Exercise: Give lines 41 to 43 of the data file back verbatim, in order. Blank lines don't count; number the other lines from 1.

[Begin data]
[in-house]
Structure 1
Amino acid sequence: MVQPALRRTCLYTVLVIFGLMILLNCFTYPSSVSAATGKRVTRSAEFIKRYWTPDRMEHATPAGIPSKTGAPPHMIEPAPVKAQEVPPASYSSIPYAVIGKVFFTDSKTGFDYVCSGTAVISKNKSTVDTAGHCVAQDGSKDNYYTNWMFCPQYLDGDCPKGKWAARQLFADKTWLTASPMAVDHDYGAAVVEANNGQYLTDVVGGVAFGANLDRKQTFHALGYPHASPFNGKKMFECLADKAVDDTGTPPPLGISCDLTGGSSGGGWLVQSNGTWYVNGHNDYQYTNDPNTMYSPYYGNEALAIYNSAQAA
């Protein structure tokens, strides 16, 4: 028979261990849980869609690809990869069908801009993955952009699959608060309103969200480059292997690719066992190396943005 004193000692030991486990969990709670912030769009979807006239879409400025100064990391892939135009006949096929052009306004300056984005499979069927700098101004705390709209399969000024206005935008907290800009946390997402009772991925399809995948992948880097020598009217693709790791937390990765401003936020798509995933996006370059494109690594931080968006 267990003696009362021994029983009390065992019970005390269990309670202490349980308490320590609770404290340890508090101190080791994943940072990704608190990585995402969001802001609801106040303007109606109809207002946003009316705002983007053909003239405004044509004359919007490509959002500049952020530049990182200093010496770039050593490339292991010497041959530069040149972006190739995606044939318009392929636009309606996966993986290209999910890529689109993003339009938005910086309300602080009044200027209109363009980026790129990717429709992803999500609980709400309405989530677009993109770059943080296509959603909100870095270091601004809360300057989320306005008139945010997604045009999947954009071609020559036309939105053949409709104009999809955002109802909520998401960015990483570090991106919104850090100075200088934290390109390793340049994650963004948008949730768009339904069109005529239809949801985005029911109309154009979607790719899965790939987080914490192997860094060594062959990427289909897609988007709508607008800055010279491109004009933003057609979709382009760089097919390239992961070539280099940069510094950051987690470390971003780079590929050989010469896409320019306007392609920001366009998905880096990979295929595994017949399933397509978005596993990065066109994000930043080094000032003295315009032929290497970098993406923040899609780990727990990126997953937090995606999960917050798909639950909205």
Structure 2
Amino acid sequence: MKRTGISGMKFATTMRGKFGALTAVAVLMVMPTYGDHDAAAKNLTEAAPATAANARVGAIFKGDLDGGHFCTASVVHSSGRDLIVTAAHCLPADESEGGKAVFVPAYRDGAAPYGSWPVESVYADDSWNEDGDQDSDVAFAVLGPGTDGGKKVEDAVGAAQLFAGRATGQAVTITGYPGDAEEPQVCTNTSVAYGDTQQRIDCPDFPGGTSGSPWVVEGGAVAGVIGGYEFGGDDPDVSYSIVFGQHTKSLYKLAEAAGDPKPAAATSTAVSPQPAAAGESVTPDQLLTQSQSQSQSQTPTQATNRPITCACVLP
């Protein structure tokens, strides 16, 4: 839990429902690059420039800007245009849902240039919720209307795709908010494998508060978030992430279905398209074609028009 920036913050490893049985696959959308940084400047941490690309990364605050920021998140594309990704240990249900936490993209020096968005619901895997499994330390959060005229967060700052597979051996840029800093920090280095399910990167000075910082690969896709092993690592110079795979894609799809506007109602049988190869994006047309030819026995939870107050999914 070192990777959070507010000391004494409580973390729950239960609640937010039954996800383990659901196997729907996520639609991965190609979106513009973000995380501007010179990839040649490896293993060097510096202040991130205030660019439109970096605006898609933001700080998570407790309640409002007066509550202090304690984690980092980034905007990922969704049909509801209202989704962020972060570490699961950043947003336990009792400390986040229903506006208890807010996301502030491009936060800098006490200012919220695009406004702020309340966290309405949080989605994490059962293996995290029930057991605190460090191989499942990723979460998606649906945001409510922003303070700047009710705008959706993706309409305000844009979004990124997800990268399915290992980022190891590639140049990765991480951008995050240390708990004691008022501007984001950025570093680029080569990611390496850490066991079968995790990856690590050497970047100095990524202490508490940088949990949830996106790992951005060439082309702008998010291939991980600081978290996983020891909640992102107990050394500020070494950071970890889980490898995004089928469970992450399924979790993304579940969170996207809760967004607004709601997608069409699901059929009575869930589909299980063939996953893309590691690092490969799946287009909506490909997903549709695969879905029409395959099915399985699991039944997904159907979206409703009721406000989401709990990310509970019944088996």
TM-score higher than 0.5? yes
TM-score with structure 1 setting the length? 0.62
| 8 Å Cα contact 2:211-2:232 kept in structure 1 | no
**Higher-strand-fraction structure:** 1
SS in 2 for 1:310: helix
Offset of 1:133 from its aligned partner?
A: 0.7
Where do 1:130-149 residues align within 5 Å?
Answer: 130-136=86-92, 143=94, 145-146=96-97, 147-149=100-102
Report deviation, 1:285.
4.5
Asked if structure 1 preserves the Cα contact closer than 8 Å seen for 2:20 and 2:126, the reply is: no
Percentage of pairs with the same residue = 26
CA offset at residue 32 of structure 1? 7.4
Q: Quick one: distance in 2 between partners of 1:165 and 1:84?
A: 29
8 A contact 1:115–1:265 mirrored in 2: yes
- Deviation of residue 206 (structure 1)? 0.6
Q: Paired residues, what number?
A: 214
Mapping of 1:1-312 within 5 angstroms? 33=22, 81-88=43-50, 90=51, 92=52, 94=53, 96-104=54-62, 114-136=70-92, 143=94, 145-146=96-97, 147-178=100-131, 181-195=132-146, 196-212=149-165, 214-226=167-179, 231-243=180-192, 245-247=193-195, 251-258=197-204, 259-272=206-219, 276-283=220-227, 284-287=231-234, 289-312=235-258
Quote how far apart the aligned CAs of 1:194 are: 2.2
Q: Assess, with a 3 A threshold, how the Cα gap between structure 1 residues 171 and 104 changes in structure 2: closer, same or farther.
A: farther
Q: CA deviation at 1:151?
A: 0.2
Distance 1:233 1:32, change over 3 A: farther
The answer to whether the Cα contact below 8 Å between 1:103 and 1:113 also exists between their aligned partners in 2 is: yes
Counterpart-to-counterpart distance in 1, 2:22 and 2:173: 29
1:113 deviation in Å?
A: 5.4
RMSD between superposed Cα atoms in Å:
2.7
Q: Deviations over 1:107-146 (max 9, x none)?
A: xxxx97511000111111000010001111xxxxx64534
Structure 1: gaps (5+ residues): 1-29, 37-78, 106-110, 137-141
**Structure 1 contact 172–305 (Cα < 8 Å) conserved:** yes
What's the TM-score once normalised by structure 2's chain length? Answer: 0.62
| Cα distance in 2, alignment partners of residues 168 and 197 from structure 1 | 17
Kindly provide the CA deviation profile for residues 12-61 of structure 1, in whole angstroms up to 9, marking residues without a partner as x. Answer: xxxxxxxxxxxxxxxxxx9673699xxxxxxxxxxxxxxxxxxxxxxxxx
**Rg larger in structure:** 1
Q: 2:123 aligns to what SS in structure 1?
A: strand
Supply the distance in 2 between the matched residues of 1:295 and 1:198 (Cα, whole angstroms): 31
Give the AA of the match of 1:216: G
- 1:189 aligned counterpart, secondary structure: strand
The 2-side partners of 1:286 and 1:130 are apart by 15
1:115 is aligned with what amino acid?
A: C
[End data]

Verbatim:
Q: Deviations over 1:107-146 (max 9, x none)?
A: xxxx97511000111111000010001111xxxxx64534
Structure 1: gaps (5+ residues): 1-29, 37-78, 106-110, 137-141